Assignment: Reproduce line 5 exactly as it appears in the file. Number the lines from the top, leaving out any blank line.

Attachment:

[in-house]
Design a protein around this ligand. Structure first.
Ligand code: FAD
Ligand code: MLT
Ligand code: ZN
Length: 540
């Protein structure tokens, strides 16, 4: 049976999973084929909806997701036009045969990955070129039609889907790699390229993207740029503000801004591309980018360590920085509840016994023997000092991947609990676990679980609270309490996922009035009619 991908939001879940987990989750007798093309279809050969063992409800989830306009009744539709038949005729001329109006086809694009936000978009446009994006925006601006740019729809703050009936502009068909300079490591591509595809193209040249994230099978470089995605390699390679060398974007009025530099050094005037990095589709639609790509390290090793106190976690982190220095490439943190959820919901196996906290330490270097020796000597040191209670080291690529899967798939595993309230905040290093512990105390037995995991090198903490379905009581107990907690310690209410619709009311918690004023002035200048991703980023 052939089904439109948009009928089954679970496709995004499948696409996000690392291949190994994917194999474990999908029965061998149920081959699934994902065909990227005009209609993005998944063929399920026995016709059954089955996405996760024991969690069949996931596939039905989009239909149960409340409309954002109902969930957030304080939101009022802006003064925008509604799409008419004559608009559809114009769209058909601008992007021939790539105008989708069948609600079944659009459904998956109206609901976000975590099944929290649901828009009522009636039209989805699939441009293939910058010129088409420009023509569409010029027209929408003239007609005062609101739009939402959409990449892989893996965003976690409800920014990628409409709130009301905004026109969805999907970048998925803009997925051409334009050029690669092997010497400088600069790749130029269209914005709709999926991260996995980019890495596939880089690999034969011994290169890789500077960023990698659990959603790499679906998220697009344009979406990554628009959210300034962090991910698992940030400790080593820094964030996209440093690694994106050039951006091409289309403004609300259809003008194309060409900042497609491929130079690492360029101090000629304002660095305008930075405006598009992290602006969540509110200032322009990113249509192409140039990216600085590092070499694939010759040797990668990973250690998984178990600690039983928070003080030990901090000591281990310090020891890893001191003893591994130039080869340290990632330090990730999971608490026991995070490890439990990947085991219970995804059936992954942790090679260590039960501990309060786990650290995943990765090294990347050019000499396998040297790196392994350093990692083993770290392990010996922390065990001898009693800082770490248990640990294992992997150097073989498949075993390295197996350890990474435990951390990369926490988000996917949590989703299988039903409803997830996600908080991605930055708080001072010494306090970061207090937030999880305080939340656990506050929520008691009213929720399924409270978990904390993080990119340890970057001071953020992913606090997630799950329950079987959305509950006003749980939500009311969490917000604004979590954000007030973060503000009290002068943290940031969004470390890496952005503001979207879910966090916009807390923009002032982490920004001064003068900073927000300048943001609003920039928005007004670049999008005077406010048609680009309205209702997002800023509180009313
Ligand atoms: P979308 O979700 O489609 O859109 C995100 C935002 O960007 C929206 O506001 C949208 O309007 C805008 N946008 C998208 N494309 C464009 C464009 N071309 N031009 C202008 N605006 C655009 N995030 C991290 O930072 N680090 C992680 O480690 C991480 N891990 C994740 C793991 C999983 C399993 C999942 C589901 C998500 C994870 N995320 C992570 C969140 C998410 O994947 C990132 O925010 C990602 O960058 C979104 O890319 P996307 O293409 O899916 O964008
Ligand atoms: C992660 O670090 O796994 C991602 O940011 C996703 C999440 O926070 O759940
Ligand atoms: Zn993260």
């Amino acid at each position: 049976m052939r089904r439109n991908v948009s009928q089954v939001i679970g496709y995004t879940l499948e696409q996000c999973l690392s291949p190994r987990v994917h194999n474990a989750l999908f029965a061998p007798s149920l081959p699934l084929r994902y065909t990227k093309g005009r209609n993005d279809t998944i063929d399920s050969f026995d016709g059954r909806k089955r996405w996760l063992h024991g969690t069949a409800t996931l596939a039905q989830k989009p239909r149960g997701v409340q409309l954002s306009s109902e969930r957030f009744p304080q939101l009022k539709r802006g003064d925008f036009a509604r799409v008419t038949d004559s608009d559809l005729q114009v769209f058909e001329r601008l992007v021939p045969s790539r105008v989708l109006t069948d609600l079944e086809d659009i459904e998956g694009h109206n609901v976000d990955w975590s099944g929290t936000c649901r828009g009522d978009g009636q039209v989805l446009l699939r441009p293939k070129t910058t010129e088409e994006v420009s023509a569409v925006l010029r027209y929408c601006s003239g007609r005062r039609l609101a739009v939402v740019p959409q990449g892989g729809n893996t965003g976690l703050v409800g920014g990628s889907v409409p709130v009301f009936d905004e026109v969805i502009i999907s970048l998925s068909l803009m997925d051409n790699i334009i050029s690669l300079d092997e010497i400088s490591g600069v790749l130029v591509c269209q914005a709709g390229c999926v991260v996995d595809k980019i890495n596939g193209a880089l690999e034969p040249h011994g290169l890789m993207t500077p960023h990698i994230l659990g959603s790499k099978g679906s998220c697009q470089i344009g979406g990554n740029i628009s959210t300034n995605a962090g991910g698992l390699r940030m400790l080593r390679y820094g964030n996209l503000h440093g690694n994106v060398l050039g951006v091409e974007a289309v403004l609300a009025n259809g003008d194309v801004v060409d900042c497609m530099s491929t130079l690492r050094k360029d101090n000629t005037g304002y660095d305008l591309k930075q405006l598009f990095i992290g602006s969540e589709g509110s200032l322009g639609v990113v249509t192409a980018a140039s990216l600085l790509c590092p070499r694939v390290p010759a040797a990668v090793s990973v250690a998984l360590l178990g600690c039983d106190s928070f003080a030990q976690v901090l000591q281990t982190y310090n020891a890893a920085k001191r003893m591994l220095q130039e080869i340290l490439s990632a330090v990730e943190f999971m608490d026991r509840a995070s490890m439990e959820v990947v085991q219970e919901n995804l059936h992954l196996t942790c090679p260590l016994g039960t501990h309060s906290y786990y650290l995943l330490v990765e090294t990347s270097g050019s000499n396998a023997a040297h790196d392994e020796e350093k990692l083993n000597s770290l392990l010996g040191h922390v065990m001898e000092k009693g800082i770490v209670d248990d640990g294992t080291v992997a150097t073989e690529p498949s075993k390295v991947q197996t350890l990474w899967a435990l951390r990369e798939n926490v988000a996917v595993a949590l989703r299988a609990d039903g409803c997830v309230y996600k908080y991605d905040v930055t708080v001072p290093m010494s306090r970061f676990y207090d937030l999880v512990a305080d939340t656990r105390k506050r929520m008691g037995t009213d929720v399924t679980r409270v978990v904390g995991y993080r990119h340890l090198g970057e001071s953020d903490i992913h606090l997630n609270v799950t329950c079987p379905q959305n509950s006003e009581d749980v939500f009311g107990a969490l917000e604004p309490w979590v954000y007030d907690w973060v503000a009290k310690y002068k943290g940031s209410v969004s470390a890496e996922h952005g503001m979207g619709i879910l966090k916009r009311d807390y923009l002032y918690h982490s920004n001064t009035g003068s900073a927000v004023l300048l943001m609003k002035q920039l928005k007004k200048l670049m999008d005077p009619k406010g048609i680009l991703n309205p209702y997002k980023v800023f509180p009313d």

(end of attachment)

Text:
Ligand code: ZN